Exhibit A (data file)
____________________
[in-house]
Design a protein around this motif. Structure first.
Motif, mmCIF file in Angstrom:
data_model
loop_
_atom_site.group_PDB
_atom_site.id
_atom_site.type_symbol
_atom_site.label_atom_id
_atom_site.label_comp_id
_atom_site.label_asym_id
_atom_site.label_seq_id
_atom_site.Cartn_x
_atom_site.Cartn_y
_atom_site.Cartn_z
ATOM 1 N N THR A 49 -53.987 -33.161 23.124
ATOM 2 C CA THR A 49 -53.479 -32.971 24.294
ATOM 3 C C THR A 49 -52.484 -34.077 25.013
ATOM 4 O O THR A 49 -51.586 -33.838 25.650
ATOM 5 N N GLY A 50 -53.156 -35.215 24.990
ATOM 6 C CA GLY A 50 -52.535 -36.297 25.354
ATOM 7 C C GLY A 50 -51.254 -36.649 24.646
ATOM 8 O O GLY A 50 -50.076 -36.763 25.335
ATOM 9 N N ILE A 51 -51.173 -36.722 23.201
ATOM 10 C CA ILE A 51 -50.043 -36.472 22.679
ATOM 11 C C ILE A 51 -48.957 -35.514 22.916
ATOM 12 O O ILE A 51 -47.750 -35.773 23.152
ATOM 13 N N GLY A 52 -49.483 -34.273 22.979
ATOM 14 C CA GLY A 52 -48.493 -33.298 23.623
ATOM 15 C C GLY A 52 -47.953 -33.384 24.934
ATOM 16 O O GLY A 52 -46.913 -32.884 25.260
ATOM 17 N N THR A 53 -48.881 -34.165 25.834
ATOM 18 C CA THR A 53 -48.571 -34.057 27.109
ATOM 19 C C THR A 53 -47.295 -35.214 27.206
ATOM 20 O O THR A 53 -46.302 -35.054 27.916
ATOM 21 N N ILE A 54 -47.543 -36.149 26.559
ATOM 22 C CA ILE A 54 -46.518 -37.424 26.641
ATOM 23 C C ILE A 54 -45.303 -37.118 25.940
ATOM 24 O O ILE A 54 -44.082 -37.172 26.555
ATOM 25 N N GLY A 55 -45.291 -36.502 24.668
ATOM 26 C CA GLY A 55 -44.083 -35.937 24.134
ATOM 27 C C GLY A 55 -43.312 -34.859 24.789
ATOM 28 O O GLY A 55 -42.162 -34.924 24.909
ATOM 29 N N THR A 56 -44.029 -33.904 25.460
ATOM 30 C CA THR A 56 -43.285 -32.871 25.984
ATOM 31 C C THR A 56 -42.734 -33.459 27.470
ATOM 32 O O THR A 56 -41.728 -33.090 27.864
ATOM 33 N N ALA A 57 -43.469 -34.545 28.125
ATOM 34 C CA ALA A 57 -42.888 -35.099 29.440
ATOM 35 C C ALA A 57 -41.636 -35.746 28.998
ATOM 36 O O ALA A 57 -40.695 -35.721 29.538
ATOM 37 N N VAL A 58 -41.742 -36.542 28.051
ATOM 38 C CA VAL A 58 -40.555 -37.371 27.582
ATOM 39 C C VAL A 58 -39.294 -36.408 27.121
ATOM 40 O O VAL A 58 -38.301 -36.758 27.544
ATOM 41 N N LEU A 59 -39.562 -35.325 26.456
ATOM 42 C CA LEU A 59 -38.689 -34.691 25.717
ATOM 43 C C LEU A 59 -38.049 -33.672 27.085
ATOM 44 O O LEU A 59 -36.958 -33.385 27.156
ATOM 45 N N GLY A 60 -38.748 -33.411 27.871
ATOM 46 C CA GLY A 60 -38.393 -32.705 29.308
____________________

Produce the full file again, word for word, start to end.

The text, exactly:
[in-house]
Design a protein around this motif. Structure first.
Motif, mmCIF file in Angstrom:
data_model
loop_
_atom_site.group_PDB
_atom_site.id
_atom_site.type_symbol
_atom_site.label_atom_id
_atom_site.label_comp_id
_atom_site.label_asym_id
_atom_site.label_seq_id
_atom_site.Cartn_x
_atom_site.Cartn_y
_atom_site.Cartn_z
ATOM 1 N N THR A 49 -53.987 -33.161 23.124
ATOM 2 C CA THR A 49 -53.479 -32.971 24.294
ATOM 3 C C THR A 49 -52.484 -34.077 25.013
ATOM 4 O O THR A 49 -51.586 -33.838 25.650
ATOM 5 N N GLY A 50 -53.156 -35.215 24.990
ATOM 6 C CA GLY A 50 -52.535 -36.297 25.354
ATOM 7 C C GLY A 50 -51.254 -36.649 24.646
ATOM 8 O O GLY A 50 -50.076 -36.763 25.335
ATOM 9 N N ILE A 51 -51.173 -36.722 23.201
ATOM 10 C CA ILE A 51 -50.043 -36.472 22.679
ATOM 11 C C ILE A 51 -48.957 -35.514 22.916
ATOM 12 O O ILE A 51 -47.750 -35.773 23.152
ATOM 13 N N GLY A 52 -49.483 -34.273 22.979
ATOM 14 C CA GLY A 52 -48.493 -33.298 23.623
ATOM 15 C C GLY A 52 -47.953 -33.384 24.934
ATOM 16 O O GLY A 52 -46.913 -32.884 25.260
ATOM 17 N N THR A 53 -48.881 -34.165 25.834
ATOM 18 C CA THR A 53 -48.571 -34.057 27.109
ATOM 19 C C THR A 53 -47.295 -35.214 27.206
ATOM 20 O O THR A 53 -46.302 -35.054 27.916
ATOM 21 N N ILE A 54 -47.543 -36.149 26.559
ATOM 22 C CA ILE A 54 -46.518 -37.424 26.641
ATOM 23 C C ILE A 54 -45.303 -37.118 25.940
ATOM 24 O O ILE A 54 -44.082 -37.172 26.555
ATOM 25 N N GLY A 55 -45.291 -36.502 24.668
ATOM 26 C CA GLY A 55 -44.083 -35.937 24.134
ATOM 27 C C GLY A 55 -43.312 -34.859 24.789
ATOM 28 O O GLY A 55 -42.162 -34.924 24.909
ATOM 29 N N THR A 56 -44.029 -33.904 25.460
ATOM 30 C CA THR A 56 -43.285 -32.871 25.984
ATOM 31 C C THR A 56 -42.734 -33.459 27.470
ATOM 32 O O THR A 56 -41.728 -33.090 27.864
ATOM 33 N N ALA A 57 -43.469 -34.545 28.125
ATOM 34 C CA ALA A 57 -42.888 -35.099 29.440
ATOM 35 C C ALA A 57 -41.636 -35.746 28.998
ATOM 36 O O ALA A 57 -40.695 -35.721 29.538
ATOM 37 N N VAL A 58 -41.742 -36.542 28.051
ATOM 38 C CA VAL A 58 -40.555 -37.371 27.582
ATOM 39 C C VAL A 58 -39.294 -36.408 27.121
ATOM 40 O O VAL A 58 -38.301 -36.758 27.544
ATOM 41 N N LEU A 59 -39.562 -35.325 26.456
ATOM 42 C CA LEU A 59 -38.689 -34.691 25.717
ATOM 43 C C LEU A 59 -38.049 -33.672 27.085
ATOM 44 O O LEU A 59 -36.958 -33.385 27.156
ATOM 45 N N GLY A 60 -38.748 -33.411 27.871
ATOM 46 C CA GLY A 60 -38.393 -32.705 29.308